Wednesday, June 10, 2020

In Laman's Terms: Gone With the Wind and Reconsidering What Makes a "Great" Movie

In Laman's Terms is a weekly editorial column where Douglas Laman rambles on about certain topics or ideas that have been on his mind lately. Sometimes he's got serious subjects to discuss, other times he's just got some silly stuff to shoot the breeze about. Either way, you know he's gonna talk about something In Laman's Terms!

CW: References to racism & murder ahead

The ongoing worldwide protests responding to the deaths of George Floyd, Breonna Taylor, and countless others as a result of case-based police brutality have already had impressive ripple effects. Most importantly, the city of Minneapolis will be dissolving its police department in favor of an alternate form of law enforcement. Statues of Confederate figures are being torn down while the phrase Black Lives Matter is becoming a part of the mainstream lexicon. There's so much work left to be done, including bringing the murderers of Breonna Taylor to justice. But it's clear that change is in the air. People are inspiring a revolt against the racist status quo and it's incredible to watch unfold.

Part of that status quo, of course, includes pop culture. In the wake of a renewed focus on systemic racism, studios, TV channels, and streaming services are all taking a look at what kind of content they've been producing & distributing. This has led to certain programs suddenly becoming unavailable, including the 1939 motion picture Gone With the Wind. Last night, it became apparent that this feature was suddenly unavailable on the new streaming service HBO Max. A mild panic broke out among old white people and right-wing commentators (but I repeat myself) over the fact that a movie widely available on every home video format available to man wasn't also available on a streaming service barely anybody uses.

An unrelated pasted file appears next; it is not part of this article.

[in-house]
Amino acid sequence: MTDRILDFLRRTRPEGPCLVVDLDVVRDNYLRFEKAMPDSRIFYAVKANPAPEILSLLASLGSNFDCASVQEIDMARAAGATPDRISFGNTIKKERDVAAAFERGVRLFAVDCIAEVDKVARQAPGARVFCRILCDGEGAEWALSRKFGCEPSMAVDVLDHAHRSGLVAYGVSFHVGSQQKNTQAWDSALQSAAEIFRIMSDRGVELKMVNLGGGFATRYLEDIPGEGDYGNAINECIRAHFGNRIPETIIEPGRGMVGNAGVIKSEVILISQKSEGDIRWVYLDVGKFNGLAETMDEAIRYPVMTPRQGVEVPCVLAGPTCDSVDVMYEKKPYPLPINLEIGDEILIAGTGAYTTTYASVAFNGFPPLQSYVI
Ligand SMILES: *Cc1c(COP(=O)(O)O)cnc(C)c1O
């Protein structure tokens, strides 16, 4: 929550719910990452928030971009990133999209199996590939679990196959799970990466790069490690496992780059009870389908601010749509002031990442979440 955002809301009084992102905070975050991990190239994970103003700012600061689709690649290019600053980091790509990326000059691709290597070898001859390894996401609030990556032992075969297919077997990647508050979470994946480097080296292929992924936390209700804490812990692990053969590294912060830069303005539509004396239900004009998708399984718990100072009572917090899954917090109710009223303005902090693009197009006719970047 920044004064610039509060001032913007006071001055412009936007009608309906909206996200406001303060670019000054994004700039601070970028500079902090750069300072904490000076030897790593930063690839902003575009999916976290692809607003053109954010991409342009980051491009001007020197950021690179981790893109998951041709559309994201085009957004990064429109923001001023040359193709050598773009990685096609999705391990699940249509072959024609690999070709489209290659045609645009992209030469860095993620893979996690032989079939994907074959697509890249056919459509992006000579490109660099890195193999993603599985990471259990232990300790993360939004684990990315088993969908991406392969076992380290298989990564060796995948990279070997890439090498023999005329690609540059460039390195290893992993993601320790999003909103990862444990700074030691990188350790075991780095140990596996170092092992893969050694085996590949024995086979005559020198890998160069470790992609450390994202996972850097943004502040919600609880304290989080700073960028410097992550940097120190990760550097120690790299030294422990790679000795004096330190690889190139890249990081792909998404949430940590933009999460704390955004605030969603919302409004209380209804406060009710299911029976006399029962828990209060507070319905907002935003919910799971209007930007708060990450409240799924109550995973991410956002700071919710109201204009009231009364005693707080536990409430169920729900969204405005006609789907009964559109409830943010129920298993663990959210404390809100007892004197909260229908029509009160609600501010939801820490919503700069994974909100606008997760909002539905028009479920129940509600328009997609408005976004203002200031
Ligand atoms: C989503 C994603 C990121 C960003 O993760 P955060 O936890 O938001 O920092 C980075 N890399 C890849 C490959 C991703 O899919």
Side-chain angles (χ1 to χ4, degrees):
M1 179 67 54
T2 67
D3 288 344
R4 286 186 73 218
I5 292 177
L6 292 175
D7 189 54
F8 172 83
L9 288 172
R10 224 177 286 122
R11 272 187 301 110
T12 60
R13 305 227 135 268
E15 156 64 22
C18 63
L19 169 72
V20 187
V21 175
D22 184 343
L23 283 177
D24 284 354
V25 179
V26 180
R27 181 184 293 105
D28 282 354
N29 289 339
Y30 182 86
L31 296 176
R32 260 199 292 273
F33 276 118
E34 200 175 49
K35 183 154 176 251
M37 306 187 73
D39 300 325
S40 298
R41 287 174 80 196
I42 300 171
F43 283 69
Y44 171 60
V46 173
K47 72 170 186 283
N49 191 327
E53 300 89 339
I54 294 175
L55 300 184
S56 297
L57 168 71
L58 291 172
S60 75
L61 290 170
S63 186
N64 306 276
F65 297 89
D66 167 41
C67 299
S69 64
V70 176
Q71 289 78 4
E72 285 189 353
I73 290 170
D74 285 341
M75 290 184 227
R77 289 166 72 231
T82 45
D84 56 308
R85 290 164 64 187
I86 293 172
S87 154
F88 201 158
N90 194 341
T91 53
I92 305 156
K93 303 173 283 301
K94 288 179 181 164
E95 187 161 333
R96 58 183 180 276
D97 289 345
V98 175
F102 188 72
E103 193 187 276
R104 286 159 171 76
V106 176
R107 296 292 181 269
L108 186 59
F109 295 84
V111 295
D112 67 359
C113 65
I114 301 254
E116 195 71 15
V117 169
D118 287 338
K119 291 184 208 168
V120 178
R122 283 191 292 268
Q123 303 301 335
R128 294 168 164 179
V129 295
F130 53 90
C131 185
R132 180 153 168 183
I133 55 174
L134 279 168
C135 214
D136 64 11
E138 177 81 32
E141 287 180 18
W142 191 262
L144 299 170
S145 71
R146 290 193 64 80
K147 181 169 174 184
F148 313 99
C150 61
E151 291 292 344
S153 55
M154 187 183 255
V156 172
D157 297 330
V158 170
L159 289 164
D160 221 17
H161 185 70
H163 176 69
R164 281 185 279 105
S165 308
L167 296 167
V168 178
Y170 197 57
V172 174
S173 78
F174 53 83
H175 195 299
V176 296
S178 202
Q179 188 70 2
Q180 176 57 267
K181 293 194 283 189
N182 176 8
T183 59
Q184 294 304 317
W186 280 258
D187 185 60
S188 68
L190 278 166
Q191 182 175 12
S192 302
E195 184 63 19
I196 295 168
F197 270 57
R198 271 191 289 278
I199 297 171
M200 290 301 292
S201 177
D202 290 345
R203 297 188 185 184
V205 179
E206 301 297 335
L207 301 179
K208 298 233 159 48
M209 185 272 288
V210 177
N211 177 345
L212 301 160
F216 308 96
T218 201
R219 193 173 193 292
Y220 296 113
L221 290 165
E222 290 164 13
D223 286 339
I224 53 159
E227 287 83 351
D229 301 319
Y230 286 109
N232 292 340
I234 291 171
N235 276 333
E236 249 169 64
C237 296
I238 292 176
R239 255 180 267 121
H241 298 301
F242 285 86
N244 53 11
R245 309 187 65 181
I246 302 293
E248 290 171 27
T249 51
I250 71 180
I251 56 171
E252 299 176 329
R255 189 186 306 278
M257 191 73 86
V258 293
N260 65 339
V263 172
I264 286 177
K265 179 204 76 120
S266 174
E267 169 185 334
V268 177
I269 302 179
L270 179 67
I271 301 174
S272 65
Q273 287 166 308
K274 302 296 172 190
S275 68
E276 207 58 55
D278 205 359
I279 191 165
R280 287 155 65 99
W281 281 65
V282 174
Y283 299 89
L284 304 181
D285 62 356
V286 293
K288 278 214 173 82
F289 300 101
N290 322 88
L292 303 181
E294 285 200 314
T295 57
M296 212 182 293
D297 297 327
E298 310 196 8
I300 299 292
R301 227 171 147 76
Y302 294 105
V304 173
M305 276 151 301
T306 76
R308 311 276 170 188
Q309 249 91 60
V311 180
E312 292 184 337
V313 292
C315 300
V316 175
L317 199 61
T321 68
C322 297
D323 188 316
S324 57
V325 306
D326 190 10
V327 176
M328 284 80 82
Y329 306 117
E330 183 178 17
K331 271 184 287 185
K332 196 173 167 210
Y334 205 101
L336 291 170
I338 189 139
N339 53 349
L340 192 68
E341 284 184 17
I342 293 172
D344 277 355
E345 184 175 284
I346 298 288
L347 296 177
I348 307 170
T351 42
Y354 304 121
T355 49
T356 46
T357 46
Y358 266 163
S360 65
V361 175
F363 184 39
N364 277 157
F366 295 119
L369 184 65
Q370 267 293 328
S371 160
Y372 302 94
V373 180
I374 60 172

Interestingly, this wasn't just a random move on the part of HBO Max. It appears Oscar-winning screenwriter John Ridley has at least partially inspired HBO Max to remove Gone With the Wind from their library. On June 8, Ridley penned an op-ed for The Los Angeles Times entitled Hey, HBO, ‘Gone With the Wind’ romanticizes the horrors of slavery. Take it off your platform for now. Per Ridley, "It doesn’t just ‘fall short’ with regard to representation. It is a film that glorifies the antebellum south. It is a film that, when it is not ignoring the horrors of slavery, pauses only to perpetuate some of the most painful stereotypes of people of color.” Ridley's essay goes on to further explain how Gone with The Wind romanticizes the Confederacy, erasing the horrors of their slave-endorsing actions in the process.